The Importance of Staying Active as We Age
It’s easy to slow down without even noticing it. There are subtle changes in our activity level. We park closer or choose the elevator over the stairs. Our back, our knees, our everything is starting to hurt. The things we used to do have given way to more sedentary activities.
Data from the Centers for Disease Control and Prevention (CDC) shows that “by age 75, about one in three men and one in two women engage in no physical activity.” With that lack of activity, comes the “loss of strength and stamina.” The more we sit, the weaker we get. But at Salina Presbyterian Manor, we can help you stay active.
Three big benefits of exercise
1. Stronger bones
While we often associate osteoporosis (weak, brittle bones) with older women, men also lose bone density as they age. Physical activity, especially strength training, can helps keep bones healthy. Strong bones mean better balance and fewer falls, with decreased risk of fractures.
2. Improved immunity
It is believed that increased circulation of immune cells during exercise can help keep inflammation at bay. Inflammation is associated with many health problems including arthritis and fibromyalgia.
3. Disease prevention
“Lifestyle” conditions such as high blood pressure, diabetes, obesity and heart disease can be improved through regular exercise. There is also evidence that physical activity can help with brain fitness and ward off cognitive decline.
Healthy in body, mind and spirit
No one expects you to go from hours on the couch (or at your desk) to running a marathon. But you might be able to take a short walk. Even just 5-10 minutes can make a difference if you do it regularly. It’s an easy way to start moving again.
At Salina Presbyterian Manor, we enjoy a beautiful walking path and pond at Ralph Reitz Memorial Park, which is located right here on our campus. The artificial surface of the walking path is easier on the knees and allows us to get moving. We feel a spring in our step and a spark in our spirit anytime we visit the park — because exercise has proven to also be good for our mood, as well as for our body.
A study conducted in Ontario, Canada, looked at healthy men aged 65 and over as they undertook a 12-week exercise regime. Results showed a greater amount of mood-enhancing chemicals in the men’s blood as they increased their activity levels. According to researchers, this is a new discovery into how “physical activity may help fight depression in seniors” by turning on certain genes within muscle tissue.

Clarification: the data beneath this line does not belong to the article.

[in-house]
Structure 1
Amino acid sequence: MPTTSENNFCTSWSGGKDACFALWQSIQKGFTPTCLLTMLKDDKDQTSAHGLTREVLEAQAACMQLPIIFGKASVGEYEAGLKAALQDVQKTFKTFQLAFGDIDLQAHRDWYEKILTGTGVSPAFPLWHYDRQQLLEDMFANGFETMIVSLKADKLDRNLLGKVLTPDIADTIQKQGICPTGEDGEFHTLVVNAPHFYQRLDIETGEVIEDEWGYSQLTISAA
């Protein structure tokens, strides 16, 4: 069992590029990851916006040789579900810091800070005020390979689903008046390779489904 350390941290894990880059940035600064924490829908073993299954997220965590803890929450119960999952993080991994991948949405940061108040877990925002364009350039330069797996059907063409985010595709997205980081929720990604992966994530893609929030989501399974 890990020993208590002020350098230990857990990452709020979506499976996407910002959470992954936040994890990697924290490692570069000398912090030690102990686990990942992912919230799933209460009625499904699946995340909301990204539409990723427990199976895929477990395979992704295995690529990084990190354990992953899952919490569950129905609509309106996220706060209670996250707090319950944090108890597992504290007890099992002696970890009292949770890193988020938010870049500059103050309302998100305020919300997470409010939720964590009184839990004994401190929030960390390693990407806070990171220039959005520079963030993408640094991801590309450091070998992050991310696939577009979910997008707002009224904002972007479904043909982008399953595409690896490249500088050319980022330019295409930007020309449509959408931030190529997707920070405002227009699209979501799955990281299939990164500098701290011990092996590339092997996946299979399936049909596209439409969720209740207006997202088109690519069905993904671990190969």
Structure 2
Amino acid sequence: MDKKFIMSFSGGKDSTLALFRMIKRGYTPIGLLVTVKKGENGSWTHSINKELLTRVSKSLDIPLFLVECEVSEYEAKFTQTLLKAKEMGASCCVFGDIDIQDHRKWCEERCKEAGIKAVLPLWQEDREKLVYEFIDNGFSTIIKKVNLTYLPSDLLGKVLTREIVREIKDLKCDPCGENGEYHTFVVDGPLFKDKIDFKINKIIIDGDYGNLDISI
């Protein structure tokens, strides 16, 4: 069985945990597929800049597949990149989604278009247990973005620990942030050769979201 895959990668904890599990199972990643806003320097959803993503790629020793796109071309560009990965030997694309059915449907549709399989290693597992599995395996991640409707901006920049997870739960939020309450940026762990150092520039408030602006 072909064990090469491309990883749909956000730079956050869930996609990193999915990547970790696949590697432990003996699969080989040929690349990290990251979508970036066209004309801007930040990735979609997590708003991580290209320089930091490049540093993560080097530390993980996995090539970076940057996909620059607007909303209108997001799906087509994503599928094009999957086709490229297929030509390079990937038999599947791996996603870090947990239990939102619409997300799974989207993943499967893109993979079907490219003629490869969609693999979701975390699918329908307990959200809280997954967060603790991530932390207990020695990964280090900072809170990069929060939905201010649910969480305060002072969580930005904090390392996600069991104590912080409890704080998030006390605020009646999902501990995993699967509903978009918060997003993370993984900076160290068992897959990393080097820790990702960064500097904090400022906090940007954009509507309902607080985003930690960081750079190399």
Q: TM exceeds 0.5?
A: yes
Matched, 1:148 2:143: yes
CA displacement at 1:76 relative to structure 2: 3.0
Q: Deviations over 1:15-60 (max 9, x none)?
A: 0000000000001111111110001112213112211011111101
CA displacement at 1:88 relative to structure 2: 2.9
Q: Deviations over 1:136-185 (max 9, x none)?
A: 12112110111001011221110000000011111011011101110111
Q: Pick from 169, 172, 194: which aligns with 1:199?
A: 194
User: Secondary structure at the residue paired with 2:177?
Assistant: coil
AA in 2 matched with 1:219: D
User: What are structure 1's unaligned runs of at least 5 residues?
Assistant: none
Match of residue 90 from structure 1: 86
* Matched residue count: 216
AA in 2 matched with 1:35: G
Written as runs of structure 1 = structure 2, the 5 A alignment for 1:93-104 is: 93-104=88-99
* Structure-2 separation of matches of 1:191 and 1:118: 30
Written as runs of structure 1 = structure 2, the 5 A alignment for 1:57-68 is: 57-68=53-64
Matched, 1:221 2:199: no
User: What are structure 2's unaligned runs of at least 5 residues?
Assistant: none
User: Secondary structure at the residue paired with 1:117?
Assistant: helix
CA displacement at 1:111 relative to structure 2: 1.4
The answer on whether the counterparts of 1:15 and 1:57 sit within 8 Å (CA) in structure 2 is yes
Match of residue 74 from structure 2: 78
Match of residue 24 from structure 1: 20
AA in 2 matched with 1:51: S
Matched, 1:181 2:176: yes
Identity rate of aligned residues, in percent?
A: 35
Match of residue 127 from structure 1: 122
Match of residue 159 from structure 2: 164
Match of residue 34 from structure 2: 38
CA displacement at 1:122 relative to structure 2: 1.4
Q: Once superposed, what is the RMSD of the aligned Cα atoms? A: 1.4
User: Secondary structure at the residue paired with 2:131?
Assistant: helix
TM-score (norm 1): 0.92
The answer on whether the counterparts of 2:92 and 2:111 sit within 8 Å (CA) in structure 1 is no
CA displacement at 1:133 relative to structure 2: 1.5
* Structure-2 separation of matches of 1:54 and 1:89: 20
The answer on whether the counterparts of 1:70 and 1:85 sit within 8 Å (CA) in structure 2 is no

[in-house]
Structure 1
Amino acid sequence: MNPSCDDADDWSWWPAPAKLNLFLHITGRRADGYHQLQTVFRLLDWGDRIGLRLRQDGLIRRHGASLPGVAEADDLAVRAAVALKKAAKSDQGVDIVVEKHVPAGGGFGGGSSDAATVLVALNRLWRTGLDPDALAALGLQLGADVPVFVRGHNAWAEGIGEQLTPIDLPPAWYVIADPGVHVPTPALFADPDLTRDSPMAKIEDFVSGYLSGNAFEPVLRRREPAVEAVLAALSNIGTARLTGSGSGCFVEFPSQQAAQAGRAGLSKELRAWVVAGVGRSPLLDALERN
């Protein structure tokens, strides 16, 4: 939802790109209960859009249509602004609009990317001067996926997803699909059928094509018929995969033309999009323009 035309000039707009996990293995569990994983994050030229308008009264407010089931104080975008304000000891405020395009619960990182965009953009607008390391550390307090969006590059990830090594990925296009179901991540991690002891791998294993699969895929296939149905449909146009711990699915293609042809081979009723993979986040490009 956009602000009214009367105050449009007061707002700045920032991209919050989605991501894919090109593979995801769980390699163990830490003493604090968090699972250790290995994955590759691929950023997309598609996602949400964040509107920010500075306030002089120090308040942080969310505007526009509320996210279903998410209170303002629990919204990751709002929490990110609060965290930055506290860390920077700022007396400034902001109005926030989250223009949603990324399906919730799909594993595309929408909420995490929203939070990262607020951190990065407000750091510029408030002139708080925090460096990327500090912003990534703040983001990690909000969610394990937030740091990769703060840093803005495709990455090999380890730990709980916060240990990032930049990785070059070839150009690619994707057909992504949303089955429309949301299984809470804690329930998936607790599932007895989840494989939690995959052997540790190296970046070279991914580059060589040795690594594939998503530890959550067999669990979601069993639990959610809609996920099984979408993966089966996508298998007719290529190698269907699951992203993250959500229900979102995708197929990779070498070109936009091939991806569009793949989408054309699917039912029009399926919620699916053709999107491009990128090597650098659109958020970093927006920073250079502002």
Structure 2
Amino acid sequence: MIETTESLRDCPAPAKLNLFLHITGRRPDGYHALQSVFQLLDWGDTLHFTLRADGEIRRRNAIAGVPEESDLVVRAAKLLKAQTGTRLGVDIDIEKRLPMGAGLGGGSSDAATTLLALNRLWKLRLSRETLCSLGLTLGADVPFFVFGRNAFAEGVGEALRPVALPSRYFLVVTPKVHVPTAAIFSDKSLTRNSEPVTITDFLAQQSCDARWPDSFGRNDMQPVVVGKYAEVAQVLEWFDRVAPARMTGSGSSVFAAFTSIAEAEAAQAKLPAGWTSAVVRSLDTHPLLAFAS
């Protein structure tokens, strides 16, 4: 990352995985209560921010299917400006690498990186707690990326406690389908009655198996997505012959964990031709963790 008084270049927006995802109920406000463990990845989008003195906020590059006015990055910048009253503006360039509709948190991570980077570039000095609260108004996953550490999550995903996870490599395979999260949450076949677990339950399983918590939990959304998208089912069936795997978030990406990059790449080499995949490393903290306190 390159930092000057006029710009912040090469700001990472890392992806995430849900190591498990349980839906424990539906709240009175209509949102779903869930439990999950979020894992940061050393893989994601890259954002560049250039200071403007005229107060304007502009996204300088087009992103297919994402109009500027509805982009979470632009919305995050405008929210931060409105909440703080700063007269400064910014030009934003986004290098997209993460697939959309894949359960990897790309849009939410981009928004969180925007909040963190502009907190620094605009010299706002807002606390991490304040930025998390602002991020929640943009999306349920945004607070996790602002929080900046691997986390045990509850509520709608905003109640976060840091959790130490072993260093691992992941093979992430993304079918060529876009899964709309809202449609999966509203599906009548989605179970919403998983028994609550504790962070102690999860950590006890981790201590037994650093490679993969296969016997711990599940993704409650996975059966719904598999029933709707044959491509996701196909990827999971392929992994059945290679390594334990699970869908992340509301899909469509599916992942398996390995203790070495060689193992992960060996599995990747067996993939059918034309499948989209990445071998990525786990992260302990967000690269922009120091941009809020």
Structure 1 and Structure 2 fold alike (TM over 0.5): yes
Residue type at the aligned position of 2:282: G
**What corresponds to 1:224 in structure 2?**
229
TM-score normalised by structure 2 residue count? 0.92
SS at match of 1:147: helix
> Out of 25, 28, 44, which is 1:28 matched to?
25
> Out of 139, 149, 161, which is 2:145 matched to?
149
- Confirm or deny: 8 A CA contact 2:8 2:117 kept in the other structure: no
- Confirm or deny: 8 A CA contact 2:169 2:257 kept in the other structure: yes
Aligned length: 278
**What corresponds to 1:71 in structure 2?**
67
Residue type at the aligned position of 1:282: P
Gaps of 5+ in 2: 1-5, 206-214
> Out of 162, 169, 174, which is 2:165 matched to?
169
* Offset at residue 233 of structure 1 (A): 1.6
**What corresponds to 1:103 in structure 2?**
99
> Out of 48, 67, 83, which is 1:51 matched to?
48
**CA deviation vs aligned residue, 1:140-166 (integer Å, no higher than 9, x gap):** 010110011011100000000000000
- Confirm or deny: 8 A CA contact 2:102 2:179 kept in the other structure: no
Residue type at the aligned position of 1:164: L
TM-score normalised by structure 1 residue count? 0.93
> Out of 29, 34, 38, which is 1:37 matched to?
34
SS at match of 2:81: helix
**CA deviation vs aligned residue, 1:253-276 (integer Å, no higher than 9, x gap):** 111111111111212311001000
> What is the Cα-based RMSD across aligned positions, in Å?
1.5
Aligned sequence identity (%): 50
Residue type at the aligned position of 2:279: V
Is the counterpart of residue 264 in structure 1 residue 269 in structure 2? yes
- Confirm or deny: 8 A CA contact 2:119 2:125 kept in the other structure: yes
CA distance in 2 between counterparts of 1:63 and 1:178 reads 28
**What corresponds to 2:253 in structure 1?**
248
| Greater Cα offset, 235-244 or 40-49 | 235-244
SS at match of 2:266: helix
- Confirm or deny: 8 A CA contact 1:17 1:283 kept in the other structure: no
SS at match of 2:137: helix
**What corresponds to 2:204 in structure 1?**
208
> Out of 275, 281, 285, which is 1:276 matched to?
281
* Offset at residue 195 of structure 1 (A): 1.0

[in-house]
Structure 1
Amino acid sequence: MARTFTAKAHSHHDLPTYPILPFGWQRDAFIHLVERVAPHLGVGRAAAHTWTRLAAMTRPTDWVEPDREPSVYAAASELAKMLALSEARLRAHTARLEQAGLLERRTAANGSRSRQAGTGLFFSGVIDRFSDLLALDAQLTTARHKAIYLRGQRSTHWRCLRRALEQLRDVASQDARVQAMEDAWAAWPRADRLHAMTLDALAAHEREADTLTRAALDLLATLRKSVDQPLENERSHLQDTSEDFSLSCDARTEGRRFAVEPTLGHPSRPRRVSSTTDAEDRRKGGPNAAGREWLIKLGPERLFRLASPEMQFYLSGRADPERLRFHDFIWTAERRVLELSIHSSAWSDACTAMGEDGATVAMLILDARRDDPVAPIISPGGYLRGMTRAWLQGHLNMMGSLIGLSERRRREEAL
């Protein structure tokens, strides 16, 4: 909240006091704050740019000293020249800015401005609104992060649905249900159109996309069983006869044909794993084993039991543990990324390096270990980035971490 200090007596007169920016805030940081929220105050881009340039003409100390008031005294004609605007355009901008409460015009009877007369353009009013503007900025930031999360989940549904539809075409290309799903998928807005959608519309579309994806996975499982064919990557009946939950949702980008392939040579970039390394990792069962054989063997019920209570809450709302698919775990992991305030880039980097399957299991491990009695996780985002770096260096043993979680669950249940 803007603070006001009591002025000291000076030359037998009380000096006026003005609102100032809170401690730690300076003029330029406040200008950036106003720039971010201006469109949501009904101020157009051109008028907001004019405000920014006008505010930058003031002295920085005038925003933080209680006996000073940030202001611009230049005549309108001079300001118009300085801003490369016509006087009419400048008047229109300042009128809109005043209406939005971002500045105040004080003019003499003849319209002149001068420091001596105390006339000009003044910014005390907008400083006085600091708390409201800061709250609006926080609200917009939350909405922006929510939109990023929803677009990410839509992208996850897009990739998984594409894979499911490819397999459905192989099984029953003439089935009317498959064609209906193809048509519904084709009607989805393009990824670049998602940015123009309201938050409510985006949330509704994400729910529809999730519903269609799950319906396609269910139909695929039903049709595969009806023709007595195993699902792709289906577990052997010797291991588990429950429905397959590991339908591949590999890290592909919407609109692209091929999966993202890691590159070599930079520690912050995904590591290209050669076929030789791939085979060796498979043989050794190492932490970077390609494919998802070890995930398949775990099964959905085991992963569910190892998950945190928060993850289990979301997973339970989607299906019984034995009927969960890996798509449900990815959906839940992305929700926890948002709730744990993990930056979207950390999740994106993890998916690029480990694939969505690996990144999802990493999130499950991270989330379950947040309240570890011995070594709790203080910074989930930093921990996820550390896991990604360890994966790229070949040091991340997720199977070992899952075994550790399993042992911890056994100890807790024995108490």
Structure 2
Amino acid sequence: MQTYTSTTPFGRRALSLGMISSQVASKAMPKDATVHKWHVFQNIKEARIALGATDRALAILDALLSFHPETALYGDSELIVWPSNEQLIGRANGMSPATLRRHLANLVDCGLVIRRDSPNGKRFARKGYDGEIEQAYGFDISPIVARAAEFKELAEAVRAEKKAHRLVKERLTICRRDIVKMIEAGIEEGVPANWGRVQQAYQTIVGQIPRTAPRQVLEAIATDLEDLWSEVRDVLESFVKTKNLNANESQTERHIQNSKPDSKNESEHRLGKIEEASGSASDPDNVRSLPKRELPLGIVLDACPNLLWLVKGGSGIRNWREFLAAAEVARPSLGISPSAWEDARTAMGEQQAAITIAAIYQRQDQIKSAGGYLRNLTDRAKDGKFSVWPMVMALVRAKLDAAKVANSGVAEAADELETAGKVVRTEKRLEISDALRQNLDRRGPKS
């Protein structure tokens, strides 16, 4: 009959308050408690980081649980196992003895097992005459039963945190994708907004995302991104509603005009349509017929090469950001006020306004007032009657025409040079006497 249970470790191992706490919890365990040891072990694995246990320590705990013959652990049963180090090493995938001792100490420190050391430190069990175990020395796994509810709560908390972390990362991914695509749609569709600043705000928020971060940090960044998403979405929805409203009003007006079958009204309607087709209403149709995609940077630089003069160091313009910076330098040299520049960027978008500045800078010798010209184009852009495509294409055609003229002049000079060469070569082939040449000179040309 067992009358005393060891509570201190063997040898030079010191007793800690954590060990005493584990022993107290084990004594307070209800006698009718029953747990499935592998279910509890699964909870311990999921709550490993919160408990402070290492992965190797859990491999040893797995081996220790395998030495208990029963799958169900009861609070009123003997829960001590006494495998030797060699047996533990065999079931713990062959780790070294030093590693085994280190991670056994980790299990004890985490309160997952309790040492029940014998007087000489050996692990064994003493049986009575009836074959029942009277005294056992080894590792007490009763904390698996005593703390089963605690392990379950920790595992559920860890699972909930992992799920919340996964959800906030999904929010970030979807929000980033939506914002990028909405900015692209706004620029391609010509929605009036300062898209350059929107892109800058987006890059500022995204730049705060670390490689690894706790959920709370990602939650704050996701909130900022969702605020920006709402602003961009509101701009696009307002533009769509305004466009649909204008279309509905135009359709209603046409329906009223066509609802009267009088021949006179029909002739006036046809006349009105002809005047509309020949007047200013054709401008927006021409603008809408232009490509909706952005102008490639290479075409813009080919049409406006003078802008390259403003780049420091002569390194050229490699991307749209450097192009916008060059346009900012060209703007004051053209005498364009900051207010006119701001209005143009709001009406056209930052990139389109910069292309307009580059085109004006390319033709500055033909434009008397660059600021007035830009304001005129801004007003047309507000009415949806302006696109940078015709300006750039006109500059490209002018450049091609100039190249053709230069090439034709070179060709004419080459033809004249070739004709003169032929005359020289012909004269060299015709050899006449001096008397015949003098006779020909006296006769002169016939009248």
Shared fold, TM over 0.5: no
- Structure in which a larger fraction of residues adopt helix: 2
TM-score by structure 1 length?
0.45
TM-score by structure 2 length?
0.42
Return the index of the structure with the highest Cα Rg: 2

Best exercises for seniors
SilverSneakers®, a fitness program designed for seniors, identifies some of the best exercises as:
· Strength training
You may be eligible for SilverSneakers programs at local gyms and fitness centers as part of your Medicare coverage. You can also create an online account for access to exercise videos.
Do what you enjoy
You can rediscover a favorite activity you gave up long ago or try something completely new. Whatever it is, start slow and be patient with yourself. The more you enjoy the activity or program, the more likely you will stick with it.
Sometimes we choose not to exercise because we don’t feel comfortable walking or going to the gym alone. Having an exercise buddy (or buddies) can help keep you motivated and accountable. According to the CDC, “social support from family and friends has been consistently and positively related to regular physical activity.”
The best buddy will be someone with similar fitness goals who likes to exercise at the same time you do—whether that’s a morning walk, afternoon chair yoga or both. Having a buddy or being part of a group can encourage you to go farther and do more.
We offer many different group activities at Salina Presbyterian Manor. We find joy in being part of a lively community of friends and neighbors. Our fitness classes and wellness programs provide different opportunities for exercise and fellowship. We have a daily exercise class which can include everything from riding stationary bikes and doing sittercize to using weights, batting balloons and more. We also enjoy exercise videos and have recently added a regular class using “oldies tunes” to keep our energy up.
Use it or lose it
Ancient Greek physician Hippocrates (460-370 BC), the founder of modern medicine, is quoted as saying: “That which is used – develops. That which is not used wastes away.” In other words, use it or lose it.
What was good for the human body almost 3,000 years ago is still good for us today. Just be sure to check with your doctor before starting any new exercise program. They will no doubt be pleased by your efforts and offer advice to help you succeed.
National Council on Aging: The Life-Changing Benefits of Exercise After 60
American Psychological Association: Regular Exercise May Slow Decline in Those at Risk of Alzheimer's
AARP: The Big Benefits of Exercise Buddies